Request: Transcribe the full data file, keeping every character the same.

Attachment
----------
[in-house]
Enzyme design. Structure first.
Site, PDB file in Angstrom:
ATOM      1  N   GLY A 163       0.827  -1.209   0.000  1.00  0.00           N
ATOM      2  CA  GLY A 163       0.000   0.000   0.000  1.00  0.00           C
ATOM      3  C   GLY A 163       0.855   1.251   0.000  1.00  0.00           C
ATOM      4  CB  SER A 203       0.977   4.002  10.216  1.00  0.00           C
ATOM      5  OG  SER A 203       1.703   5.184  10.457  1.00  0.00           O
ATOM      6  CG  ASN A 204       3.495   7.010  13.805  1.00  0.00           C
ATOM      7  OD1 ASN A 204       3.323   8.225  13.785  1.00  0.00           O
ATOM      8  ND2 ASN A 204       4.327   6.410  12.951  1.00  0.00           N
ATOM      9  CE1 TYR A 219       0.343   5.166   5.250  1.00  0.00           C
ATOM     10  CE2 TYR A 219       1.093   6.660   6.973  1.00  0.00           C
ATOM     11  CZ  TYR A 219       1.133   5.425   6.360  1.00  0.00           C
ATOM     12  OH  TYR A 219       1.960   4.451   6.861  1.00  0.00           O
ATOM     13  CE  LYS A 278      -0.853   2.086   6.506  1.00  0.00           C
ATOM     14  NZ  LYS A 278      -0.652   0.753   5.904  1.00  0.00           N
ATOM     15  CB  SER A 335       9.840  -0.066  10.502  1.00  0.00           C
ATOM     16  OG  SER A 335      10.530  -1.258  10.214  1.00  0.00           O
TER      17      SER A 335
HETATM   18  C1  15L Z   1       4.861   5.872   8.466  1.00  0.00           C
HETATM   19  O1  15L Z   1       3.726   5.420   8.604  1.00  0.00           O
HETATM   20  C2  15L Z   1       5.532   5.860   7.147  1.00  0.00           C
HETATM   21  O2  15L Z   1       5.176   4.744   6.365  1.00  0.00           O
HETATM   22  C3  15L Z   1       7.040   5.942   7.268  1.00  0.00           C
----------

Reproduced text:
[in-house]
Enzyme design. Structure first.
Site, PDB file in Angstrom:
ATOM      1  N   GLY A 163       0.827  -1.209   0.000  1.00  0.00           N
ATOM      2  CA  GLY A 163       0.000   0.000   0.000  1.00  0.00           C
ATOM      3  C   GLY A 163       0.855   1.251   0.000  1.00  0.00           C
ATOM      4  CB  SER A 203       0.977   4.002  10.216  1.00  0.00           C
ATOM      5  OG  SER A 203       1.703   5.184  10.457  1.00  0.00           O
ATOM      6  CG  ASN A 204       3.495   7.010  13.805  1.00  0.00           C
ATOM      7  OD1 ASN A 204       3.323   8.225  13.785  1.00  0.00           O
ATOM      8  ND2 ASN A 204       4.327   6.410  12.951  1.00  0.00           N
ATOM      9  CE1 TYR A 219       0.343   5.166   5.250  1.00  0.00           C
ATOM     10  CE2 TYR A 219       1.093   6.660   6.973  1.00  0.00           C
ATOM     11  CZ  TYR A 219       1.133   5.425   6.360  1.00  0.00           C
ATOM     12  OH  TYR A 219       1.960   4.451   6.861  1.00  0.00           O
ATOM     13  CE  LYS A 278      -0.853   2.086   6.506  1.00  0.00           C
ATOM     14  NZ  LYS A 278      -0.652   0.753   5.904  1.00  0.00           N
ATOM     15  CB  SER A 335       9.840  -0.066  10.502  1.00  0.00           C
ATOM     16  OG  SER A 335      10.530  -1.258  10.214  1.00  0.00           O
TER      17      SER A 335
HETATM   18  C1  15L Z   1       4.861   5.872   8.466  1.00  0.00           C
HETATM   19  O1  15L Z   1       3.726   5.420   8.604  1.00  0.00           O
HETATM   20  C2  15L Z   1       5.532   5.860   7.147  1.00  0.00           C
HETATM   21  O2  15L Z   1       5.176   4.744   6.365  1.00  0.00           O
HETATM   22  C3  15L Z   1       7.040   5.942   7.268  1.00  0.00           C